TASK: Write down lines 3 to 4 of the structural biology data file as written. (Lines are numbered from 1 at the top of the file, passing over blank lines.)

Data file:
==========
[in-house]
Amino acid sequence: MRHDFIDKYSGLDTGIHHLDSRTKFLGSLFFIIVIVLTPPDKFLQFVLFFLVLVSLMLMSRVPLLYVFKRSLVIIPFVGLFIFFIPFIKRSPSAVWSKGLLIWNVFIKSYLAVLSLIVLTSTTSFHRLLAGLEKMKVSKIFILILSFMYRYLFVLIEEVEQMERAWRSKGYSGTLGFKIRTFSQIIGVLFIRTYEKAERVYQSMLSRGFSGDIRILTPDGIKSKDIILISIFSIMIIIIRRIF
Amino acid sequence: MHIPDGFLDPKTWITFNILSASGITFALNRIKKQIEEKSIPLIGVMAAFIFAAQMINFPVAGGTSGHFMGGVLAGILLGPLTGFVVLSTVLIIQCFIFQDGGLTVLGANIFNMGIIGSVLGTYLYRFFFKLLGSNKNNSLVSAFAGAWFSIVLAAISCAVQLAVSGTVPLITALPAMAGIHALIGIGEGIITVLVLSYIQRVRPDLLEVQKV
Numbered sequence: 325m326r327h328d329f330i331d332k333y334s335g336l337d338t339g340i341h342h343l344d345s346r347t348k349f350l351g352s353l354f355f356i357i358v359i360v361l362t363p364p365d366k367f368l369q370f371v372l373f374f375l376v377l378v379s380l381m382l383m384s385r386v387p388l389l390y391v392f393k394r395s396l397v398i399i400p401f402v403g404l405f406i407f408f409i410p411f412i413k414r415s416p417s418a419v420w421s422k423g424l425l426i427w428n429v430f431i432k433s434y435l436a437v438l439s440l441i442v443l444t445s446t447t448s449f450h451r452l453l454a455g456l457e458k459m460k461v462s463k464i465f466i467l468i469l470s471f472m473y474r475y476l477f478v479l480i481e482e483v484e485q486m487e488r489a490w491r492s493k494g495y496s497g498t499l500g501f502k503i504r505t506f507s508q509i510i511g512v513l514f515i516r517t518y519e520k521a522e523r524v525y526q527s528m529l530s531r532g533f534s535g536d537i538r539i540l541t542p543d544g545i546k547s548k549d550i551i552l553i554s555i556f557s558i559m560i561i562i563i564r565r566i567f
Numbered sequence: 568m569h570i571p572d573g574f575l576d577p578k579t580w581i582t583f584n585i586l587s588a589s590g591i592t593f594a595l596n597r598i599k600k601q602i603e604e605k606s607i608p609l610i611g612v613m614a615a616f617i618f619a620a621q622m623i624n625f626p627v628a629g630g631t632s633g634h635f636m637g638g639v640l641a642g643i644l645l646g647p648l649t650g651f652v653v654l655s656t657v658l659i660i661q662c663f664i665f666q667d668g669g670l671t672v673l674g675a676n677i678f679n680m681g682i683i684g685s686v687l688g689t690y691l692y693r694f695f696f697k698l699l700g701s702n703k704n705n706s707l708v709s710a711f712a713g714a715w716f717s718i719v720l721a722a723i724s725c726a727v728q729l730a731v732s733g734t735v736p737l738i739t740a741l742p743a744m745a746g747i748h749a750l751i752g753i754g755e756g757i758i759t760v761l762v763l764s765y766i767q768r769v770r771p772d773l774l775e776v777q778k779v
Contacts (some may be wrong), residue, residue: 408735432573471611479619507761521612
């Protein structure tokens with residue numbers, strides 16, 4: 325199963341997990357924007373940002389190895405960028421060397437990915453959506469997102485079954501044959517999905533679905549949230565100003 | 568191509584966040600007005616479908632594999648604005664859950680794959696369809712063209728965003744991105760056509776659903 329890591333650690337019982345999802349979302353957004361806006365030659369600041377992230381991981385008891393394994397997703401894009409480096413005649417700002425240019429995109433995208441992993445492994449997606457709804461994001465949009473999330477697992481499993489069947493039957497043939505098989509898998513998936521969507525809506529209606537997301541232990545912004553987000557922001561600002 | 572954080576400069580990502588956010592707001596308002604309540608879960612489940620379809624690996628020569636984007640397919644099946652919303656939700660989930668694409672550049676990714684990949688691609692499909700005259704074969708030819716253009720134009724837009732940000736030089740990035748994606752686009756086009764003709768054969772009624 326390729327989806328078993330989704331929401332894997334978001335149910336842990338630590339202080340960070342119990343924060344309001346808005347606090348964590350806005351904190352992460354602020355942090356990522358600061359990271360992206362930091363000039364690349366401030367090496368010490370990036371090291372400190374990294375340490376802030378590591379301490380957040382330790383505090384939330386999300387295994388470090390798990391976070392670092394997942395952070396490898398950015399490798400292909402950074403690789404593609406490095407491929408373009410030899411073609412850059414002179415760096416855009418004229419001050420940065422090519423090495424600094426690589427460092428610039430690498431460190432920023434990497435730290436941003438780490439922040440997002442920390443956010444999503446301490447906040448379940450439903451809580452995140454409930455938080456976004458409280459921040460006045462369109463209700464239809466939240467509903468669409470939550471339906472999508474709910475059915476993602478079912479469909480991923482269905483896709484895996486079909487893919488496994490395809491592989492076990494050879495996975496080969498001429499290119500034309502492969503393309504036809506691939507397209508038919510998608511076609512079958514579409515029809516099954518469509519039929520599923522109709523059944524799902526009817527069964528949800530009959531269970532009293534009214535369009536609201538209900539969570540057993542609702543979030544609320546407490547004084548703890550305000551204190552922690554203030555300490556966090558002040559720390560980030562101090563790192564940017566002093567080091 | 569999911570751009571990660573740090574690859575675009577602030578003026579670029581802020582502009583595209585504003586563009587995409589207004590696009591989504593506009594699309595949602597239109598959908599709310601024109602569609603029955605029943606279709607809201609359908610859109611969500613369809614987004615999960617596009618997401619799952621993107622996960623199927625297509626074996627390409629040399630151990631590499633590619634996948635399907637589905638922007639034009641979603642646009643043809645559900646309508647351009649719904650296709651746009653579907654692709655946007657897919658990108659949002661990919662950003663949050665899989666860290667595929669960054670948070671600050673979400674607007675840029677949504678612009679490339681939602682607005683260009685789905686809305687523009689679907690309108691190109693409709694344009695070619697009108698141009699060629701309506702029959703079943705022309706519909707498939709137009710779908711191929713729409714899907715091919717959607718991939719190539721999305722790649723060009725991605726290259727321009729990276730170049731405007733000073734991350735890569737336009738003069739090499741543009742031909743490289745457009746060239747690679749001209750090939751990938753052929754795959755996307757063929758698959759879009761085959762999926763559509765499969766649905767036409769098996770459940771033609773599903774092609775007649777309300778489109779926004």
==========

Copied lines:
Amino acid sequence: MHIPDGFLDPKTWITFNILSASGITFALNRIKKQIEEKSIPLIGVMAAFIFAAQMINFPVAGGTSGHFMGGVLAGILLGPLTGFVVLSTVLIIQCFIFQDGGLTVLGANIFNMGIIGSVLGTYLYRFFFKLLGSNKNNSLVSAFAGAWFSIVLAAISCAVQLAVSGTVPLITALPAMAGIHALIGIGEGIITVLVLSYIQRVRPDLLEVQKV
Numbered sequence: 325m326r327h328d329f330i331d332k333y334s335g336l337d338t339g340i341h342h343l344d345s346r347t348k349f350l351g352s353l354f355f356i357i358v359i360v361l362t363p364p365d366k367f368l369q370f371v372l373f374f375l376v377l378v379s380l381m382l383m384s385r386v387p388l389l390y391v392f393k394r395s396l397v398i399i400p401f402v403g404l405f406i407f408f409i410p411f412i413k414r415s416p417s418a419v420w421s422k423g424l425l426i427w428n429v430f431i432k433s434y435l436a437v438l439s440l441i442v443l444t445s446t447t448s449f450h451r452l453l454a455g456l457e458k459m460k461v462s463k464i465f466i467l468i469l470s471f472m473y474r475y476l477f478v479l480i481e482e483v484e485q486m487e488r489a490w491r492s493k494g495y496s497g498t499l500g501f502k503i504r505t506f507s508q509i510i511g512v513l514f515i516r517t518y519e520k521a522e523r524v525y526q527s528m529l530s531r532g533f534s535g536d537i538r539i540l541t542p543d544g545i546k547s548k549d550i551i552l553i554s555i556f557s558i559m560i561i562i563i564r565r566i567f